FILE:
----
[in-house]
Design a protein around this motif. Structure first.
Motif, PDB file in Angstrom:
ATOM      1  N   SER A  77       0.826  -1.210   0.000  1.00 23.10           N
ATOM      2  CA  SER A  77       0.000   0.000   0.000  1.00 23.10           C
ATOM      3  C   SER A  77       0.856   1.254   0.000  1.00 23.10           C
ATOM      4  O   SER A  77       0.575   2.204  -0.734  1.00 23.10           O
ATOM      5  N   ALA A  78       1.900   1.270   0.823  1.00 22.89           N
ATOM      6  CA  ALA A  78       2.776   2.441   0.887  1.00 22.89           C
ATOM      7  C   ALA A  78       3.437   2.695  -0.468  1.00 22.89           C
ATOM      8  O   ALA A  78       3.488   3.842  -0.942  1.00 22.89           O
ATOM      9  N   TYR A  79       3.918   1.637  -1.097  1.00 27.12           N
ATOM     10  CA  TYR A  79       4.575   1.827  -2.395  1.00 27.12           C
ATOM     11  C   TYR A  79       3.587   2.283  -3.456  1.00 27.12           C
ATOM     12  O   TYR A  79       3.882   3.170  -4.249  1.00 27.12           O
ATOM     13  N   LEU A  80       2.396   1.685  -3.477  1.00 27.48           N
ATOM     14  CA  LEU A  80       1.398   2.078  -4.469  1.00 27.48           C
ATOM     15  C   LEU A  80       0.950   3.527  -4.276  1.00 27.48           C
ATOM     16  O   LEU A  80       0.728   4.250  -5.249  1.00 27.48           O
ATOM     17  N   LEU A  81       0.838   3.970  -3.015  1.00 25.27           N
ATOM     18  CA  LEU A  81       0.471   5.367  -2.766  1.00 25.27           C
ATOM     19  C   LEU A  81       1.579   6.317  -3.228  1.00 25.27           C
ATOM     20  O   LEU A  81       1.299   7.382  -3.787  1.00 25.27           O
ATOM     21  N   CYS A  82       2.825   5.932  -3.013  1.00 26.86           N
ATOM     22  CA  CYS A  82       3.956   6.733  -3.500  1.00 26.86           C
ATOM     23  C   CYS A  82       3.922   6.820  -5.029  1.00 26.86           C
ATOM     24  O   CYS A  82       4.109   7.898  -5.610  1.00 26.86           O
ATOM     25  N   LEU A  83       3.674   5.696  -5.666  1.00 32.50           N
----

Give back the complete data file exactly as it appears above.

[in-house]
Design a protein around this motif. Structure first.
Motif, PDB file in Angstrom:
ATOM      1  N   SER A  77       0.826  -1.210   0.000  1.00 23.10           N
ATOM      2  CA  SER A  77       0.000   0.000   0.000  1.00 23.10           C
ATOM      3  C   SER A  77       0.856   1.254   0.000  1.00 23.10           C
ATOM      4  O   SER A  77       0.575   2.204  -0.734  1.00 23.10           O
ATOM      5  N   ALA A  78       1.900   1.270   0.823  1.00 22.89           N
ATOM      6  CA  ALA A  78       2.776   2.441   0.887  1.00 22.89           C
ATOM      7  C   ALA A  78       3.437   2.695  -0.468  1.00 22.89           C
ATOM      8  O   ALA A  78       3.488   3.842  -0.942  1.00 22.89           O
ATOM      9  N   TYR A  79       3.918   1.637  -1.097  1.00 27.12           N
ATOM     10  CA  TYR A  79       4.575   1.827  -2.395  1.00 27.12           C
ATOM     11  C   TYR A  79       3.587   2.283  -3.456  1.00 27.12           C
ATOM     12  O   TYR A  79       3.882   3.170  -4.249  1.00 27.12           O
ATOM     13  N   LEU A  80       2.396   1.685  -3.477  1.00 27.48           N
ATOM     14  CA  LEU A  80       1.398   2.078  -4.469  1.00 27.48           C
ATOM     15  C   LEU A  80       0.950   3.527  -4.276  1.00 27.48           C
ATOM     16  O   LEU A  80       0.728   4.250  -5.249  1.00 27.48           O
ATOM     17  N   LEU A  81       0.838   3.970  -3.015  1.00 25.27           N
ATOM     18  CA  LEU A  81       0.471   5.367  -2.766  1.00 25.27           C
ATOM     19  C   LEU A  81       1.579   6.317  -3.228  1.00 25.27           C
ATOM     20  O   LEU A  81       1.299   7.382  -3.787  1.00 25.27           O
ATOM     21  N   CYS A  82       2.825   5.932  -3.013  1.00 26.86           N
ATOM     22  CA  CYS A  82       3.956   6.733  -3.500  1.00 26.86           C
ATOM     23  C   CYS A  82       3.922   6.820  -5.029  1.00 26.86           C
ATOM     24  O   CYS A  82       4.109   7.898  -5.610  1.00 26.86           O
ATOM     25  N   LEU A  83       3.674   5.696  -5.666  1.00 32.50           N